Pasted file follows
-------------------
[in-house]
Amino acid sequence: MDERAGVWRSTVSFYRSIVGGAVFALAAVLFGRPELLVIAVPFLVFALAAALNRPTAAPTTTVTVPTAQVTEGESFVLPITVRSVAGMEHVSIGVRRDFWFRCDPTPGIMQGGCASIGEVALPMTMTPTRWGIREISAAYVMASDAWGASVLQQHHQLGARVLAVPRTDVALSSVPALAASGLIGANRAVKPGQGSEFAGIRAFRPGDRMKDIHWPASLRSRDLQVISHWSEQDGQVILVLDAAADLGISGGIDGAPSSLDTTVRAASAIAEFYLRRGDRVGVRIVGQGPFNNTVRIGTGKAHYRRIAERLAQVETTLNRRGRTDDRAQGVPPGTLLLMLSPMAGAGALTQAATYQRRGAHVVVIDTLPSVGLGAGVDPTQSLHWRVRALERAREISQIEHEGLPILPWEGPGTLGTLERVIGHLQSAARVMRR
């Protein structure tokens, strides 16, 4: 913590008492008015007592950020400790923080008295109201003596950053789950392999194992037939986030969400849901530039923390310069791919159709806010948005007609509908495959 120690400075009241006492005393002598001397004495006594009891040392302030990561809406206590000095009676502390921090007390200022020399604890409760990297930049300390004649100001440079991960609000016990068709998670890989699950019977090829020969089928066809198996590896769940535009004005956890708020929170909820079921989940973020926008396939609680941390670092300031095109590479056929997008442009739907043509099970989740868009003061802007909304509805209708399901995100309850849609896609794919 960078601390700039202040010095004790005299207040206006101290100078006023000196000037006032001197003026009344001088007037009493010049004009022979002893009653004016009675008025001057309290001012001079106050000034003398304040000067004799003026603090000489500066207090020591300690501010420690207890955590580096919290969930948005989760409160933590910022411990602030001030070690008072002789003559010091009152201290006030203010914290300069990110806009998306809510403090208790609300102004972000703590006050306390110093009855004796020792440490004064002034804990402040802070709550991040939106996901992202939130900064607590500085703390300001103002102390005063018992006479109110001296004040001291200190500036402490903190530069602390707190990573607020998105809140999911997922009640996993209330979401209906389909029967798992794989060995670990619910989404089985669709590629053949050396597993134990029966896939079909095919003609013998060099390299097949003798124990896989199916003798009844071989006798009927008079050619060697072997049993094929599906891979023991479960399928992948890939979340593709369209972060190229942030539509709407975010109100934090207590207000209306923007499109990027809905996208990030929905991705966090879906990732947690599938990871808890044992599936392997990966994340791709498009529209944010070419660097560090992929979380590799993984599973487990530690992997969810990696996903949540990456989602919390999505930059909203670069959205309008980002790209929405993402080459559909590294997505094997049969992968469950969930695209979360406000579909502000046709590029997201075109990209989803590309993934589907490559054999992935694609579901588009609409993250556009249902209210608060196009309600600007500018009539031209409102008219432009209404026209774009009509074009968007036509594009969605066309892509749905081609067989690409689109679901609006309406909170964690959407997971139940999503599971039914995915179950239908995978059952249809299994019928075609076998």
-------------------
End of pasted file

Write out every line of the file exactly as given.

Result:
[in-house]
Amino acid sequence: MDERAGVWRSTVSFYRSIVGGAVFALAAVLFGRPELLVIAVPFLVFALAAALNRPTAAPTTTVTVPTAQVTEGESFVLPITVRSVAGMEHVSIGVRRDFWFRCDPTPGIMQGGCASIGEVALPMTMTPTRWGIREISAAYVMASDAWGASVLQQHHQLGARVLAVPRTDVALSSVPALAASGLIGANRAVKPGQGSEFAGIRAFRPGDRMKDIHWPASLRSRDLQVISHWSEQDGQVILVLDAAADLGISGGIDGAPSSLDTTVRAASAIAEFYLRRGDRVGVRIVGQGPFNNTVRIGTGKAHYRRIAERLAQVETTLNRRGRTDDRAQGVPPGTLLLMLSPMAGAGALTQAATYQRRGAHVVVIDTLPSVGLGAGVDPTQSLHWRVRALERAREISQIEHEGLPILPWEGPGTLGTLERVIGHLQSAARVMRR
């Protein structure tokens, strides 16, 4: 913590008492008015007592950020400790923080008295109201003596950053789950392999194992037939986030969400849901530039923390310069791919159709806010948005007609509908495959 120690400075009241006492005393002598001397004495006594009891040392302030990561809406206590000095009676502390921090007390200022020399604890409760990297930049300390004649100001440079991960609000016990068709998670890989699950019977090829020969089928066809198996590896769940535009004005956890708020929170909820079921989940973020926008396939609680941390670092300031095109590479056929997008442009739907043509099970989740868009003061802007909304509805209708399901995100309850849609896609794919 960078601390700039202040010095004790005299207040206006101290100078006023000196000037006032001197003026009344001088007037009493010049004009022979002893009653004016009675008025001057309290001012001079106050000034003398304040000067004799003026603090000489500066207090020591300690501010420690207890955590580096919290969930948005989760409160933590910022411990602030001030070690008072002789003559010091009152201290006030203010914290300069990110806009998306809510403090208790609300102004972000703590006050306390110093009855004796020792440490004064002034804990402040802070709550991040939106996901992202939130900064607590500085703390300001103002102390005063018992006479109110001296004040001291200190500036402490903190530069602390707190990573607020998105809140999911997922009640996993209330979401209906389909029967798992794989060995670990619910989404089985669709590629053949050396597993134990029966896939079909095919003609013998060099390299097949003798124990896989199916003798009844071989006798009927008079050619060697072997049993094929599906891979023991479960399928992948890939979340593709369209972060190229942030539509709407975010109100934090207590207000209306923007499109990027809905996208990030929905991705966090879906990732947690599938990871808890044992599936392997990966994340791709498009529209944010070419660097560090992929979380590799993984599973487990530690992997969810990696996903949540990456989602919390999505930059909203670069959205309008980002790209929405993402080459559909590294997505094997049969992968469950969930695209979360406000579909502000046709590029997201075109990209989803590309993934589907490559054999992935694609579901588009609409993250556009249902209210608060196009309600600007500018009539031209409102008219432009209404026209774009009509074009968007036509594009969605066309892509749905081609067989690409689109679901609006309406909170964690959407997971139940999503599971039914995915179950239908995978059952249809299994019928075609076998």